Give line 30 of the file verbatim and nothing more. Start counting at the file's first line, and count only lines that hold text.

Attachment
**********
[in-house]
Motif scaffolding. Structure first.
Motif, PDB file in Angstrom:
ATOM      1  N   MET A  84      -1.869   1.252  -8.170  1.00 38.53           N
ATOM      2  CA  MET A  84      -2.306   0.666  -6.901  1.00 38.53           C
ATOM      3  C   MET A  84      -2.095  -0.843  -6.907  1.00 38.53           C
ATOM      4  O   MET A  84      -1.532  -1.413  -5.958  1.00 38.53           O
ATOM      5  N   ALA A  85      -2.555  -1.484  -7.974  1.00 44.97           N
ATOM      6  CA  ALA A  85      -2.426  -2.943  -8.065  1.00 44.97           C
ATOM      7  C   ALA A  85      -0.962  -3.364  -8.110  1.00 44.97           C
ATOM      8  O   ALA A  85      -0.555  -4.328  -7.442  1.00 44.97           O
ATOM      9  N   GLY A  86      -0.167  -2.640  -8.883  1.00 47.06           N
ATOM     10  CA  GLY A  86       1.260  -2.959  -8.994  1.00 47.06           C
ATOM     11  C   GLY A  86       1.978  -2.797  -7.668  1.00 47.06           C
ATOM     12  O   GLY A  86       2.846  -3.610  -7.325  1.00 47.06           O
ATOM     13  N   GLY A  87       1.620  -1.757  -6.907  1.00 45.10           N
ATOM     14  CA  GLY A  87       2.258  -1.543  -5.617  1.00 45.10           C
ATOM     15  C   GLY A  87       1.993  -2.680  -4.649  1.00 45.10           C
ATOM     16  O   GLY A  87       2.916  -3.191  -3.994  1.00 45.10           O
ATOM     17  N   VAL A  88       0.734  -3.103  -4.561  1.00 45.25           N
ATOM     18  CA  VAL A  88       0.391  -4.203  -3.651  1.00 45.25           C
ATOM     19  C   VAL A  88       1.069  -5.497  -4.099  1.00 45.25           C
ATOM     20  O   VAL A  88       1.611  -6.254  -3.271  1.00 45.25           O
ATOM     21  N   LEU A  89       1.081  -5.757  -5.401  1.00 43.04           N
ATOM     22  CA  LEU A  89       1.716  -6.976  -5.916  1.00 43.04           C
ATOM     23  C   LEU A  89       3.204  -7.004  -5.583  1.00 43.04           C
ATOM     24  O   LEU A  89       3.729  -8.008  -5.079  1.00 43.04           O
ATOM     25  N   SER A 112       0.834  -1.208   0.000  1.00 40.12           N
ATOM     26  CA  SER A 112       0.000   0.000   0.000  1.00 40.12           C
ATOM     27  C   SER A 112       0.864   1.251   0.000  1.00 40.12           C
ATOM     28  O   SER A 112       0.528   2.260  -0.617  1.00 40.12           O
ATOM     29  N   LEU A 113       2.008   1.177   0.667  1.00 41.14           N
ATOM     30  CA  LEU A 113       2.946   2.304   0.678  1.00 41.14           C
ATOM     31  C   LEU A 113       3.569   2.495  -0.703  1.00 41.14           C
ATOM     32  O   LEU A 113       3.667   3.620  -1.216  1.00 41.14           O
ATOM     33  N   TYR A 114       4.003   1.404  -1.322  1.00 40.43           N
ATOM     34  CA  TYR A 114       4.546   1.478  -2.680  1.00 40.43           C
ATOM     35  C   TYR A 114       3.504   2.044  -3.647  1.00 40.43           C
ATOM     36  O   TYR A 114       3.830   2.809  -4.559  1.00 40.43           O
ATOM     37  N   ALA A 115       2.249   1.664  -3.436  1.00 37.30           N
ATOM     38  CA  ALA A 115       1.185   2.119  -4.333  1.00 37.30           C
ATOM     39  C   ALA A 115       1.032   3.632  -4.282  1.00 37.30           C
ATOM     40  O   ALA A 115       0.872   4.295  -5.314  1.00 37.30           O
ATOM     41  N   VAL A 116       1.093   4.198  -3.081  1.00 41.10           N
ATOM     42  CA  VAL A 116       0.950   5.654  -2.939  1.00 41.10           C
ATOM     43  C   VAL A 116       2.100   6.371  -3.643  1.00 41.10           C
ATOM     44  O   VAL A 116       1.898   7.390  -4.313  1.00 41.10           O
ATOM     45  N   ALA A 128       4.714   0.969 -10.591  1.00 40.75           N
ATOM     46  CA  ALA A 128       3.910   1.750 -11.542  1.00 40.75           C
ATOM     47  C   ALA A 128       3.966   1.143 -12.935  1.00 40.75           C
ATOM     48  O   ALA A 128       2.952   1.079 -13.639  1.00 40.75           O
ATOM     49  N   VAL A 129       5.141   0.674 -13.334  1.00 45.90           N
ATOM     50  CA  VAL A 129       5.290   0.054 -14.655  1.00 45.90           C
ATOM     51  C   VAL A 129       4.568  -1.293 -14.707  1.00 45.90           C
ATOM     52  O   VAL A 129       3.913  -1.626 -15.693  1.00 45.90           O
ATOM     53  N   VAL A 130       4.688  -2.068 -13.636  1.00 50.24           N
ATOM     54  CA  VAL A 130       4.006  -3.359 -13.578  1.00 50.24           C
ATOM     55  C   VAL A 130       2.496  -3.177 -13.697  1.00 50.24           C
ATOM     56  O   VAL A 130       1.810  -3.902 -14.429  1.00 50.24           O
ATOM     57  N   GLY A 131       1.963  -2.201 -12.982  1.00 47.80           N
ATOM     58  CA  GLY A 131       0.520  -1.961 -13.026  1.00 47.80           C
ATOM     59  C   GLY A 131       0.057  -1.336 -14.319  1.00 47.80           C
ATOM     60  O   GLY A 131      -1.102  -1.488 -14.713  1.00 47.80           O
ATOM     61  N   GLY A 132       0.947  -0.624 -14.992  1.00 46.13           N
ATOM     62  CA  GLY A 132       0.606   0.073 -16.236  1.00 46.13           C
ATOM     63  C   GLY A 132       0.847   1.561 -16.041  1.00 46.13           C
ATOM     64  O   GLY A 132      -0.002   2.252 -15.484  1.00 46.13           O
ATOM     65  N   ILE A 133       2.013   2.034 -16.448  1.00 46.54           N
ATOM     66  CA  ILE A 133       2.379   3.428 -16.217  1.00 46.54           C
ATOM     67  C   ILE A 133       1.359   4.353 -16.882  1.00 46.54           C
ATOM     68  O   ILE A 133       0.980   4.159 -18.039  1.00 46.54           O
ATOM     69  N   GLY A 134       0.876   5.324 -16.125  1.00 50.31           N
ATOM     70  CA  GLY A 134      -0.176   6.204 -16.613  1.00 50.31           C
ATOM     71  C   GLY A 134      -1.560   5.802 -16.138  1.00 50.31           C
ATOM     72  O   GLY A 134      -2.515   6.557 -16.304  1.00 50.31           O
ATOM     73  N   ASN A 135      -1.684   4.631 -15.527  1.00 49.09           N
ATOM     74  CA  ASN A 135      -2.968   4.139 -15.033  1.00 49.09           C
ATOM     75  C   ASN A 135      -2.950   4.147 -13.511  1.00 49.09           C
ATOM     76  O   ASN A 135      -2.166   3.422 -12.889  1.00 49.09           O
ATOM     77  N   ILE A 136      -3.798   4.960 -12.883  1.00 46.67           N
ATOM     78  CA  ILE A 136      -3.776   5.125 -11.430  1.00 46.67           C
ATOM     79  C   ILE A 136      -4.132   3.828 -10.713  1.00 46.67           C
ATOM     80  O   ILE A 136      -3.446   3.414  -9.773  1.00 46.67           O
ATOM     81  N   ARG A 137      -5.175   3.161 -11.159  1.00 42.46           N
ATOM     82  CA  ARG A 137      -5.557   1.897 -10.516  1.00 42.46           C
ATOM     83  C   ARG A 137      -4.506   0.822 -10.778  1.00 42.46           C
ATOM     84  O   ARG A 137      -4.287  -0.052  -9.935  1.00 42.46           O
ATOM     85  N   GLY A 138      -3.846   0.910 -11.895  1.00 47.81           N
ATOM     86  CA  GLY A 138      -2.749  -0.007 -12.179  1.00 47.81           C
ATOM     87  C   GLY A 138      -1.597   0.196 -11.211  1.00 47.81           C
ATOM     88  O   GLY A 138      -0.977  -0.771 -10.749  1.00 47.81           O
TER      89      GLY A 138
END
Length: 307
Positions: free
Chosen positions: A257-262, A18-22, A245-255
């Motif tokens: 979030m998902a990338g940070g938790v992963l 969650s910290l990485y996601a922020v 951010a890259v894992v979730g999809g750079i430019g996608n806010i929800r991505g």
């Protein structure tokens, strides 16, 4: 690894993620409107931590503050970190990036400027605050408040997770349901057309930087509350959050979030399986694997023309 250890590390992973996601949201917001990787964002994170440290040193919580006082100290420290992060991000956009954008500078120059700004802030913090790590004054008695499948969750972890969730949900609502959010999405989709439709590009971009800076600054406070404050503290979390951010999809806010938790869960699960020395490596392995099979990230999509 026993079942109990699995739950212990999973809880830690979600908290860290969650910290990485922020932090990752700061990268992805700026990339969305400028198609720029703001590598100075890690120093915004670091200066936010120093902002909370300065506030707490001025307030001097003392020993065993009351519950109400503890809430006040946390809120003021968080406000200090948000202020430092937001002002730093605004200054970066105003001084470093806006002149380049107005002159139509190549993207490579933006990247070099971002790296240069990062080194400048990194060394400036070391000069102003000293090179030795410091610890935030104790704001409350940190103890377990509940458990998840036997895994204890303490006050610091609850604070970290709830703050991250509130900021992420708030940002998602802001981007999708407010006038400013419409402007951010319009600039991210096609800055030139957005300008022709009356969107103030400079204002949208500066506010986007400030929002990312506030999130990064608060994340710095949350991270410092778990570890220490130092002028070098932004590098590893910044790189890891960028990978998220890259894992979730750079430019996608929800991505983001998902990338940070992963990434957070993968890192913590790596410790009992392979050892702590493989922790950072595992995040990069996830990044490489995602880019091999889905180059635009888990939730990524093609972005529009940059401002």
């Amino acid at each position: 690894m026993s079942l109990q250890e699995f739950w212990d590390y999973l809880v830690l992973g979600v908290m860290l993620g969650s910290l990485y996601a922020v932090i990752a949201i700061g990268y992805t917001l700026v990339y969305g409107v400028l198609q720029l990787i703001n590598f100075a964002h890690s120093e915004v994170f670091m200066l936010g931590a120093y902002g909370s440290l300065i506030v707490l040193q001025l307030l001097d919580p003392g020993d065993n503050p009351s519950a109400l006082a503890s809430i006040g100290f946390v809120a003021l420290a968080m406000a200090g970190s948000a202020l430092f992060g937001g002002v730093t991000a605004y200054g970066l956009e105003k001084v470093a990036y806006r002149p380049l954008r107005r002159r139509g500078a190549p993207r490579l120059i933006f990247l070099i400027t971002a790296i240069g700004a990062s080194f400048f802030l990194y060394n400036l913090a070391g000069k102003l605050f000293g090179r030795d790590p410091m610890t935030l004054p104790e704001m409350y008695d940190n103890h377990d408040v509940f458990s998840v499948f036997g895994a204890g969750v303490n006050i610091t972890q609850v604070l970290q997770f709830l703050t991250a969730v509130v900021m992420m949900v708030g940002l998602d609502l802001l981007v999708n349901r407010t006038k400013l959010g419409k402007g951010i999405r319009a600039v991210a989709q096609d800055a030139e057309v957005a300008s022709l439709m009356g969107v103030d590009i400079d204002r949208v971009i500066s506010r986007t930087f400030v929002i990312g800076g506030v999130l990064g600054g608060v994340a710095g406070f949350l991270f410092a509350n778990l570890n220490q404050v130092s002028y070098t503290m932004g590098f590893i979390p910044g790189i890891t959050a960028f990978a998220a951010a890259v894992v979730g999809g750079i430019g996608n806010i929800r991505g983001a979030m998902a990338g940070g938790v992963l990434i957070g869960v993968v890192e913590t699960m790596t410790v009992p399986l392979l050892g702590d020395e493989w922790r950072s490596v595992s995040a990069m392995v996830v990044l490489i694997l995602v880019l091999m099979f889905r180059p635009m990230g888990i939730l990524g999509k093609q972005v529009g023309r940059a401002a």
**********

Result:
ATOM     27  C   SER A 112       0.864   1.251   0.000  1.00 40.12           C